Jun. 4, 2005

Pulling Up Beside My Husband at the Stoplight

by Marjorie Saiser

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Poem: "Pulling Up Beside My Husband at the Stoplight" by Marjorie Saiser from Bones of a Very Fine Hand. © The Backwaters Press, Omaha. Reprinted with permission.

Pulling Up Beside My Husband at the Stoplight

We are going to the same place
but we take two cars. Sunday morning
and there's not much traffic
so I pull up beside him at the light.
The sun is shining on the road.
Here he is in his car

beside my car,
the curve of his shoulder
through the glass, his face
fresh from a shave, his hair
against the brown of his neck.
He turns and blows me a kiss.
I watch it float on by. I ask
for another. I think of him
coming into the dark bedroom

in the mornings,
the sound of his workboots
across the carpet,
the scent of his face
when he finds me in the covers,
pulls the blanket away and
kisses my eyebrow,
the corner of my mouth,
tells me the weather report
and the precise time of day.
I roll down the window,

whistle in my throat,
pull my glasses crooked on my face,
do my best baboon snorting,
pound the horn
as if it were bread dough.
There's only the lady in the white Taurus
but he is embarrassed, glad to see the green.
I'm stepping on the gas,
catching up, wondering
what I can do at 56th and Calvert.

Literary and Historical Notes:

It was on this day in 1919, the 19th amendment to the Constitution was passed by Congress giving women the right to vote.

It's the anniversary of two crucial battles in World War II. In 1940, the British forces completed their evacuation from Dunkirk, and on this day in 1942, the Battle of Midway took place.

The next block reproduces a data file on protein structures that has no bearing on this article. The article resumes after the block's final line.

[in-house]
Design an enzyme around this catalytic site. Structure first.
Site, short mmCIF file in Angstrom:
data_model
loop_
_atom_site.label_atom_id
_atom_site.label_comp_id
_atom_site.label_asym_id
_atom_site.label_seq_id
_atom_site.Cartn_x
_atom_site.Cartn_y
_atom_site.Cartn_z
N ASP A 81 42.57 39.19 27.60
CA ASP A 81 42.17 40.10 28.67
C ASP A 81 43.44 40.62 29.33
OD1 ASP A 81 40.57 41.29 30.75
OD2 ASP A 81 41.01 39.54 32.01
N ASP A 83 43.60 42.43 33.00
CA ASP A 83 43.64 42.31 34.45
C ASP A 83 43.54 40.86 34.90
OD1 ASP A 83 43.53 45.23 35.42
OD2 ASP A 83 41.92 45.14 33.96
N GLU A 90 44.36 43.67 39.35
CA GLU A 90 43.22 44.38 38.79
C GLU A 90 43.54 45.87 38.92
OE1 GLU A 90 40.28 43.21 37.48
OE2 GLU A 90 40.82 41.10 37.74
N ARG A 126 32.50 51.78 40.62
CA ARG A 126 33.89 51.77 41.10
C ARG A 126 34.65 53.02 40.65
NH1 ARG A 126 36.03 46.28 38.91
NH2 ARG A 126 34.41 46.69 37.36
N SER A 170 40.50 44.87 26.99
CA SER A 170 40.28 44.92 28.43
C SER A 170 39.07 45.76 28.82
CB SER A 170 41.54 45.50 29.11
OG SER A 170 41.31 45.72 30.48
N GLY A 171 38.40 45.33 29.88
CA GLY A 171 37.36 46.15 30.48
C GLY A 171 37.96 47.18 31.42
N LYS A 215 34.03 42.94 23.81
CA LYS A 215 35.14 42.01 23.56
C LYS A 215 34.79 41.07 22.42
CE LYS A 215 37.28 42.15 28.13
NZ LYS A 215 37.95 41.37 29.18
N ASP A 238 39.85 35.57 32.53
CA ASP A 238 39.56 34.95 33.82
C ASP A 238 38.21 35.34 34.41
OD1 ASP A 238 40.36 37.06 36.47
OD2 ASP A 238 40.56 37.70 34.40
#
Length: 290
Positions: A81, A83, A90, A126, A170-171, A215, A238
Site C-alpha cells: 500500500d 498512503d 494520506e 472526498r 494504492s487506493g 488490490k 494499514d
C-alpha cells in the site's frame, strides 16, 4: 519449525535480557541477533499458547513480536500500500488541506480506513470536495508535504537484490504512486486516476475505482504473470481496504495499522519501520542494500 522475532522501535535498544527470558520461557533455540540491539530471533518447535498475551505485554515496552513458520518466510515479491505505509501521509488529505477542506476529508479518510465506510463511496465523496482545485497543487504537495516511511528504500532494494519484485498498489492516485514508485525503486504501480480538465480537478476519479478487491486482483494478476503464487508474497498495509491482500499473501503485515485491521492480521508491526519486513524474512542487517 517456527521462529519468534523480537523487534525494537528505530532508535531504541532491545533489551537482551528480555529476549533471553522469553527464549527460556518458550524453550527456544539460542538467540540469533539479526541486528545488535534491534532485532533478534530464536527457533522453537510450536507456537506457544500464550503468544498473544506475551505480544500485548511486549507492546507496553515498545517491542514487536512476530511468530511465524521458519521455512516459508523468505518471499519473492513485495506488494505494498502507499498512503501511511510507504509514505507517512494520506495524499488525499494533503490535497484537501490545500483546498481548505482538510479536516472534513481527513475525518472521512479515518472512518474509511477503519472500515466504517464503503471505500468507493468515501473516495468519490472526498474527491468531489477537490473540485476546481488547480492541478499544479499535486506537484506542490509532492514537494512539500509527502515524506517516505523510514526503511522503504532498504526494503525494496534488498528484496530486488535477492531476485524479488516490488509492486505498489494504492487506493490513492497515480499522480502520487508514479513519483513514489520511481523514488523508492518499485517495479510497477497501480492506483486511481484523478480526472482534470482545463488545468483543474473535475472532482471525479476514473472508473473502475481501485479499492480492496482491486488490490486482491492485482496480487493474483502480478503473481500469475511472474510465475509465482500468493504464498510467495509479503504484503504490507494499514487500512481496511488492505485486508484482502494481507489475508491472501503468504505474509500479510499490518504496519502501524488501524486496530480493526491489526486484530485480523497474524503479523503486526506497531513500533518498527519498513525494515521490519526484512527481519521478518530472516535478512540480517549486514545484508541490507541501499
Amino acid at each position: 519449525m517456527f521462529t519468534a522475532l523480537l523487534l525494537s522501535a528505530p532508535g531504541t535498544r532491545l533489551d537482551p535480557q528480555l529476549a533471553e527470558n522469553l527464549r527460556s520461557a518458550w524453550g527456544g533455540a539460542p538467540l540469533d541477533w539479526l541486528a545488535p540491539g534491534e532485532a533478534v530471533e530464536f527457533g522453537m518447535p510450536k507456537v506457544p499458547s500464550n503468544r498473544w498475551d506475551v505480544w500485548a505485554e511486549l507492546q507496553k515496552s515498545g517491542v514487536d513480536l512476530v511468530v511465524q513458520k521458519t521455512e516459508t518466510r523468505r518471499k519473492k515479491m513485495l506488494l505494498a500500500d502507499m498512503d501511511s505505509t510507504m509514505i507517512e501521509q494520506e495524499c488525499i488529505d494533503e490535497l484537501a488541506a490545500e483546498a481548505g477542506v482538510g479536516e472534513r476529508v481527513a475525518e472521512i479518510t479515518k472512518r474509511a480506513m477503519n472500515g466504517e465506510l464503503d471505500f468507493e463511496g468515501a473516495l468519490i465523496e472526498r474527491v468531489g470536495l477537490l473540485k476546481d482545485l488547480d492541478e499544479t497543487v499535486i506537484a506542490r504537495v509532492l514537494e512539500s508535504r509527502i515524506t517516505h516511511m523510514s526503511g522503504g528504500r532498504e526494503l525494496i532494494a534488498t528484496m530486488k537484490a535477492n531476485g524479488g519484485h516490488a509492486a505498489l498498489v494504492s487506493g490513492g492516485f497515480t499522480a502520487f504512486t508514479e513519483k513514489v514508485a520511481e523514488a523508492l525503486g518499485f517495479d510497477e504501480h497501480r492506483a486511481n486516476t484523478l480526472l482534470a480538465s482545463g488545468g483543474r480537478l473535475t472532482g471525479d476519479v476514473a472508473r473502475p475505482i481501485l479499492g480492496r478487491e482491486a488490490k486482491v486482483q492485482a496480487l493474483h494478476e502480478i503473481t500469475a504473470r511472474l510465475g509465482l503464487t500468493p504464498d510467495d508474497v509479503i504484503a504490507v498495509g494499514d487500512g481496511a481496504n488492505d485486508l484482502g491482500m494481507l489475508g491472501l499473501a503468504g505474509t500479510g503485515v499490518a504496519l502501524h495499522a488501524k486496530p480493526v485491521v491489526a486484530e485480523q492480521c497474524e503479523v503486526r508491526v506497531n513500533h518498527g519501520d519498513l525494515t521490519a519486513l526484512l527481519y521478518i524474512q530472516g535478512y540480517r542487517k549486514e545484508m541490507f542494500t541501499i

Winston Churchill, who'd become prime minister that spring, had sent British forces to Belgium to try to stop the advance of the Nazi invasion, but the British soldiers were unprepared for the superior German army. They were completely overwhelmed. They were bottled up in the little coastal town of Dunkirk. They had abandoned equipment on the way, leaving the road to Dunkirk littered with empty vehicles and piles of gear.

The Nazi tanks had been in close pursuit, but when the British troops reached the coast, Hitler gave a personal order to stop the invasion. The Nazi commander was infuriated. He knew that he could probably wipe out the British in a single battle, and that the war for western Europe could be finished in a few days. One of Hitler's associates at the time wrote in his diary, "The Fuhrer is terribly nervous. Frightened by his own success, he's afraid to take any chance and would rather pull the reins on us."

The British estimated they had about two days to evacuate, but when the British ships showed up to carry the troops across the channel, they found the harbor too shallow for most of the ships to reach the shore. Almost 500,000 men were stranded on the beach, and Nazi bombers began to attack from the air. The British government sent out a request for all persons with seaworthy vessels to help in the evacuation, and a great flotilla of fishing boats, lifeboats, paddle steamers and yachts came across the English Channel and saved the British army.

What really turned the tide, however, was Winston Churchill's decision to turn the whole event into a symbol of bravery and perseverance. When the soldiers arrived in Britain, they were given a hero's welcome, with parades and cheering crowds. One solider said, "We might have been the heroes of some great victory instead of a beaten army returning home, having lost most of its equipment."

The Battle of Midway took place in the Central Pacific Ocean—Midway Island—the last American outpost in the Pacific. The Japanese navy hoped to take control of it and use it to stage an invasion of Hawaii, but a squadron of American bombers who had wandered off course accidentally stumbled upon the Japanese fleet while most of planes were refueling. Fuel lines on the Japanese carriers caught fire, munitions exploded, and hundreds of Japanese sailors died in an instant. The battle went on for three more days, but the Japanese never fully recovered from that first attack, and never won another decisive naval battle for the rest of the war.

Be well, do good work, and keep in touch.®




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